Schenay Mosley's Powerful Vulnerability
Schenay Mosley’s music balances the space between our most honest selves and our most manicured. Over the past two years, she’s slowly released songs fusing classic R&B with futuristic production. Her output and experience is built on a foundation of education from a young age, allowing her to detach from the tools of production and focus on emotion and experiences. The tracks are delicately powerful, and she’s ready to let people into her sonic structures.
Schenay comes from a rich musical background. Growing up in Dayton, Ohio, Schenay reveres her city's musical history. She talks about Zapp & Roger and The Ohio Players as being groups from the area she admires, and the space between these two artists reflects some of her sound. The Ohio Players and their full-on funk explosion and Zapp & Roger’s synthesized croons were forward thinking, yet anchored in skill and tradition. Schenay’s music doesn’t sound like a Computer Love Rollercoaster, but those attitudes and techniques are the bedrock she built upon.
Curious about the art of production, Schenay began experimenting with computer software around the age of 12. Reflecting on her first forays into production, she laughs looking back at how “Whenever my cousin would leave the house, I would sneak in and make some shitty-ass beats.” Yet as she kept practicing, her cousin noticed fast improvements.
Schenay took these self-taught talents to the next level through deep training and formal education. She attended an art-focused high-school where she majored in choir and piano. She moved to Chicago, to attend Columbia College where her focus shifted to music business, journalism, and PR, three critical pillars of a popular artist’s career. Armed and ready, she entered the local scene first as part of the lauded all-woman group, Highness Collective.
Highness Collective was a supergroup in its own right, a rare amalgamation that was short-lived. Schenay herself felt the difficulties of finding consensus among 5 talented artists. Like the other members, Schenay worked on solo material and, after the group’s ended, knew it was time to get serious about defining her own unique style. “At first, I was like ‘what is my sound?’ It was the band’s sound and not mine. So I kind of had to figure out who I was.”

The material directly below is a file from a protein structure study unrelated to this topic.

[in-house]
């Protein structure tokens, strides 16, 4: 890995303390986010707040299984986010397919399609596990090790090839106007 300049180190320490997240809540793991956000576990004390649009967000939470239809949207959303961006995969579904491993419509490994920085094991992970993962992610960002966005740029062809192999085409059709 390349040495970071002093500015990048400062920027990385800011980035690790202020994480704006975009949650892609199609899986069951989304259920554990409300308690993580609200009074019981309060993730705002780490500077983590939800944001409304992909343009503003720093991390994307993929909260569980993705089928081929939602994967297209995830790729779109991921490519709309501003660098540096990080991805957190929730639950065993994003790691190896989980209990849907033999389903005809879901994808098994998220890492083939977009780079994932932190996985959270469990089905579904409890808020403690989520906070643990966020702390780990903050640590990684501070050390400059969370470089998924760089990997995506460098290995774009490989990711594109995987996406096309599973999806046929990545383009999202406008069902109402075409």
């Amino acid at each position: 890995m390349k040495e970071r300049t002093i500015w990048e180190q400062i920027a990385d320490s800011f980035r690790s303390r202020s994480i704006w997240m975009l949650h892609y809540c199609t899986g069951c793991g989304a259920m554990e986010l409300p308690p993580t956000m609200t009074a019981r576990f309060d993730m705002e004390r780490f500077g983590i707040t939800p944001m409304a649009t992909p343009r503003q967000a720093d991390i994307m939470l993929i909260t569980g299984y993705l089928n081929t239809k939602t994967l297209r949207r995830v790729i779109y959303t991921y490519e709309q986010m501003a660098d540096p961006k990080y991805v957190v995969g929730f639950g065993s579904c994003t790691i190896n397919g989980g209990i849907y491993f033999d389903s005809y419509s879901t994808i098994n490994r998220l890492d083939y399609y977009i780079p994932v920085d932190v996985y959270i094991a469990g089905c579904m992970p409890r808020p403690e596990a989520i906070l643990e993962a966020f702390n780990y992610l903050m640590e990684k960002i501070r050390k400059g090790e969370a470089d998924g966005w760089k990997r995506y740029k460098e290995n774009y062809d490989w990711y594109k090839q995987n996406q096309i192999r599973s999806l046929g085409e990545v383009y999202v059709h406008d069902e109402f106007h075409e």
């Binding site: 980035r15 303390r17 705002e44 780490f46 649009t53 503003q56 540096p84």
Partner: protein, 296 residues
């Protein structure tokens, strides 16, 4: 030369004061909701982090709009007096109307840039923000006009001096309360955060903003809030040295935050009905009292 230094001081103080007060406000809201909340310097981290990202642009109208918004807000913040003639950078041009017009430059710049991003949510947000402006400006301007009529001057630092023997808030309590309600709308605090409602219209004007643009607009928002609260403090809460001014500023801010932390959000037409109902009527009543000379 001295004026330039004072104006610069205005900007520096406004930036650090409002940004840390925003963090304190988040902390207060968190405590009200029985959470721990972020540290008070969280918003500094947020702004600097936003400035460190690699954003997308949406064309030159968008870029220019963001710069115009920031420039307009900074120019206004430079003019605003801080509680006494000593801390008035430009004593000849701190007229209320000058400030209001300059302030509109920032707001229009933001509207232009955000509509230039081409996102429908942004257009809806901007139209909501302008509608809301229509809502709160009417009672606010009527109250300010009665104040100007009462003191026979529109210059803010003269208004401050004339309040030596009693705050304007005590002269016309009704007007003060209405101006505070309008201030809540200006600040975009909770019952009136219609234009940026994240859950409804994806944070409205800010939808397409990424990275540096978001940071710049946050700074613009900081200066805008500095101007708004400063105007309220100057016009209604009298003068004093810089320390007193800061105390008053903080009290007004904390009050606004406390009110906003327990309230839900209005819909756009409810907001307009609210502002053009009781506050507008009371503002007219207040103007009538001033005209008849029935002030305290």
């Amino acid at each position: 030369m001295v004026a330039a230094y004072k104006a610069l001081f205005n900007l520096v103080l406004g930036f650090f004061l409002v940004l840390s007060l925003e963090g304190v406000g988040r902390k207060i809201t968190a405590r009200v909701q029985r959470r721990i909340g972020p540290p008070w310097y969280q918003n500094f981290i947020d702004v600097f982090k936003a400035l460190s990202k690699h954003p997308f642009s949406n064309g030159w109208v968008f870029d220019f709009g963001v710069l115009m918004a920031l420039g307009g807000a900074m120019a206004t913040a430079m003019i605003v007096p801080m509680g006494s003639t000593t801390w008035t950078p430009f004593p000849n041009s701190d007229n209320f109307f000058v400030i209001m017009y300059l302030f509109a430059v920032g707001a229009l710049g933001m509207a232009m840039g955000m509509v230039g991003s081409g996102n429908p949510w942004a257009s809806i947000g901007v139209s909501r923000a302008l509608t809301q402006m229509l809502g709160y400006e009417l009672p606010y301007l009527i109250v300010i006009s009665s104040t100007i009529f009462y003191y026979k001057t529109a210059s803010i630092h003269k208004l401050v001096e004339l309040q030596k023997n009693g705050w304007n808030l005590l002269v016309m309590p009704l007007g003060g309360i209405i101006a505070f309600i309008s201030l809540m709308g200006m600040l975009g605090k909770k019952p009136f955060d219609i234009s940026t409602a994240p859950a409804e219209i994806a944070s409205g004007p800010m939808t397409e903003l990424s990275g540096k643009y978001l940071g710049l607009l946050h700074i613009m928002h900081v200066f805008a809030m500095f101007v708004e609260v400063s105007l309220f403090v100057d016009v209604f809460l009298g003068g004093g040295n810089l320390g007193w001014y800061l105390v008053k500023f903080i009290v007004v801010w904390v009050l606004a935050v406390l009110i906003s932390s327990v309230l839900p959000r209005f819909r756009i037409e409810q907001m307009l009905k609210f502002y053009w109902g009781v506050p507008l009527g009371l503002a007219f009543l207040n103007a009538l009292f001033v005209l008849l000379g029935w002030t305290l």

Despite her wealth of experience and education, Schenay considers herself introverted, still hesitant to give her original music broader exposure. She doesn’t get nervous performing or working with other musicians, but she finds it challenging to present music that comes from a personal place. “I’ve always had a problem with shyness. To this day I’ll be so shy to share music. Since I create from a place of it being my world, sometimes it feels really vulnerable.”
That vulnerability is what has, ultimately, defined what makes her music special. She writes contemplative ballads that are deeply personal. She doesn’t rely on her full bodied production and gorgeous voice, but she turns inward to maintain authenticity and relatability. Her music brings the listener in with its universality, but is peppered with subtle notes and changes that create a place for them to explore. On the track ‘Fall’, she begins with just a piano and voice, showcasing her oldest skills. The track builds as banging, low drums wash in and delicately arranged snares provide a base for her gorgeous voice and electronic detailing. It’s relatable, emotional, and entertaining.
The video for ‘Fall’, premiering today on These Days, is a visual uncasing that shows her overcoming vulnerability. It begins focused on her, projecting power in a chair and surrounded by three women making coordinated movements. It cuts to her in a bathtub, filled with purple water, the regal color magnifying her feminine energy. A shift occurs when she arrives at home and undresses, undoing her hair and removing her makeup. She sits in front of her keyboard and computer and starts singing to herself, likely showing the exact state her songs are conceived in. She takes a look at the camera for a second, giving the impression that it’s just you and her in the room listening. It’s poignant and effective, playing at the polarities of the presentation of the song vs the conception of a song. She's revealing herself in strength and vulnerability, and Chicago should greet her with open arms.